Women in Tech Thursdays: Talking with Didem Un Ates about tech, education and being TechWomen100 Champion

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Women in Tech Thursdays: Talking with Didem Un Ates about tech, education and being TechWomen100 Champion


This Thursday we did our last interview for Women in Tech Thursdays with absolutely inspiring Woman in Tech, Didem Un Ates. Didem is a General Manager of Customer Success for Microsoft’s Azure Data Platform, Analytics & Artificial Intelligence Business in EMEA, a Non-Executive Director on the Board of ‘Creative Education Trust,’ which oversees 17 high-schools and 16,500 students in underprivileged regions in the UK, and also a member of Forbes Tech Council and TechWomen100 Champion.


How did you become a TechWoman100 champion? What one needs to do in order to follow this path?

I became a TechWomen100 champion because of some of the work that we had been doing at the time together with the amazing volunteer team of about 80 or so of us. What we’ve done is basically establish some bootcamps and hackathons (which were originally longer bootcamps). Then we focused on weekend hackathons for AI to encourage high school girls to try it out themselves and see that they can come up with amazing ideas. We had a few of these pilots in Europe, Middle East Africa, London, Athens, but the more formal pilots took place in Seattle, San Francisco and New York. This was where we got a lot of encouragement and praise from the parents, the girls themselves and also our stakeholders with Microsoft, education philanthropies, and marketing teams. At that time we decided to include these programs as part of country AI plans and subsidiaries so scale it more formally systematically worldwide. So I think that’s why I was awarded with that fantastic honor. 


And what was your biggest takeaway as a result of this?

There were so many takeaways… For me at the core of it were those girls. They would come in on a Saturday morning to the hackathon completely shy and timing, wondering, ‘CanI do this? I don’t know anything about AI or coding?’ They were questioning themselves, which seems to be a pattern with most of us females, and then they would leave Sunday evening completely excited, feeling best of themselves and aiming to have a startup or a business or submit their projects to Microsoft research. And to see that change just in 48 hours was the biggest and most meaningful takeaway – to see how you can change one person at a time.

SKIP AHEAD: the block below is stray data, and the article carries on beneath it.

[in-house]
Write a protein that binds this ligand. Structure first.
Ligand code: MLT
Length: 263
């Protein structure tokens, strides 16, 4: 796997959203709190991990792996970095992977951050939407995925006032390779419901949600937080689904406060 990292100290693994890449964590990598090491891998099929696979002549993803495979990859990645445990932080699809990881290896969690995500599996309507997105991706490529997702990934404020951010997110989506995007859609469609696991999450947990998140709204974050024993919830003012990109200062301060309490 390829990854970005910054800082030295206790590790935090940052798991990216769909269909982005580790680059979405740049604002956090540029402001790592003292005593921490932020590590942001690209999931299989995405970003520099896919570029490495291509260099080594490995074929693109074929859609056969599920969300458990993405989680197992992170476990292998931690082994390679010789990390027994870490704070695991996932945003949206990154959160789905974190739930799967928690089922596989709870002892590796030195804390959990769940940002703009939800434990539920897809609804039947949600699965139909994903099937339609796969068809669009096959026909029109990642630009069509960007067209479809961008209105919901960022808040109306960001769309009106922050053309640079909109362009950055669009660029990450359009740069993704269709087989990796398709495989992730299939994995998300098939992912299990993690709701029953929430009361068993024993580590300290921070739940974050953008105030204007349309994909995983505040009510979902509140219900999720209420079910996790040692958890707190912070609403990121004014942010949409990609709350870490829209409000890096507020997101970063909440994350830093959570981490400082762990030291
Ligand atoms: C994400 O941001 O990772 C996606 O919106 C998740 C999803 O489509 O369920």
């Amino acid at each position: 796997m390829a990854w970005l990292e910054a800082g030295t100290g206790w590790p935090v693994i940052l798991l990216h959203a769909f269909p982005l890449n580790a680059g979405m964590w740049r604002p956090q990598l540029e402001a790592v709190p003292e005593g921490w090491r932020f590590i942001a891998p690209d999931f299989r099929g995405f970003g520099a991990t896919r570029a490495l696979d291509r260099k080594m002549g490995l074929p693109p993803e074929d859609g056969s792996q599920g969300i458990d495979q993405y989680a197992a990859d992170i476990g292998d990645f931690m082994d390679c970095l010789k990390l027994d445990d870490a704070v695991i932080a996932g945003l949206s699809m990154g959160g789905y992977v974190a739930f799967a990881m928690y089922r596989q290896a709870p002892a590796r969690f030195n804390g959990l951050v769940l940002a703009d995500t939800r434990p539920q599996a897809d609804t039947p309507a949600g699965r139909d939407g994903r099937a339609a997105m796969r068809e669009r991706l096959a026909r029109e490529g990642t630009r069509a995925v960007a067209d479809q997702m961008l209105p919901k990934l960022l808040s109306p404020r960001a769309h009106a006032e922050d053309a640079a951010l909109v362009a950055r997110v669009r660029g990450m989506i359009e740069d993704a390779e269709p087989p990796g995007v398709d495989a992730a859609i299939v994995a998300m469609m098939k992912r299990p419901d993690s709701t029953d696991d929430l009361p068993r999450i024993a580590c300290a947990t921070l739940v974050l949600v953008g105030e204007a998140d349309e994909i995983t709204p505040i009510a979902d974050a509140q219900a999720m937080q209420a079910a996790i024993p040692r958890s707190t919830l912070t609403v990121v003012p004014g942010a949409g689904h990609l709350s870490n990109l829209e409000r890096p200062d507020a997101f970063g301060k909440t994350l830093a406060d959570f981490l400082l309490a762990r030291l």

The second takeaway was of course the parents and the paleo effect all of these events created. The parents were so excited they wanted to invite us to India and about 20 or 30ish other countries to cooperate with the parents or with some other customers and partners of Microsoft. So the amount of triple effect that you can create with these is it was a phenomenal take away from me.

Thirdly, I think something that’s very close to my heart mostly, is the leadership team. We were a volunteer team so nobody had to do it; we were all passionate about the same cause, we wanted to give back to society and to women in tech, to improve the diversity in our sector. But then, we were all very very busy and we all flew in from Europe to Seattle and literally back-to-back weekend. But we did it because we believed in the cause. I think that was one of the most unforgettable leadership experiences I’ve had, it was informal but very powerful and impactful.


You’re a non-executive director for the board of Creative Education Trust which oversees 17 high schools and 16 500 pupils. What are your thoughts on education, children and technology? 

I have three passions: my first is disruptive technology and how can we scale so all of us can live better inclusively and responsibly. Then, as I progressed in my career, two other passions let’s say built up because of that. One of them is diversity in technology, because you can only have good technology if you’re inclusive and if you have this diversity.

The second one is education because that’s actually where we can make a much more sustainable impact and really make sure the society benefits from all these amazing things going on in technology. That’s why I became a NED with Creative Education Trust – I wanted to learn more and help. It’s also a special trust because we help underprivileged areas, and not just any area in the UK, and I think that’s where technology can especially help.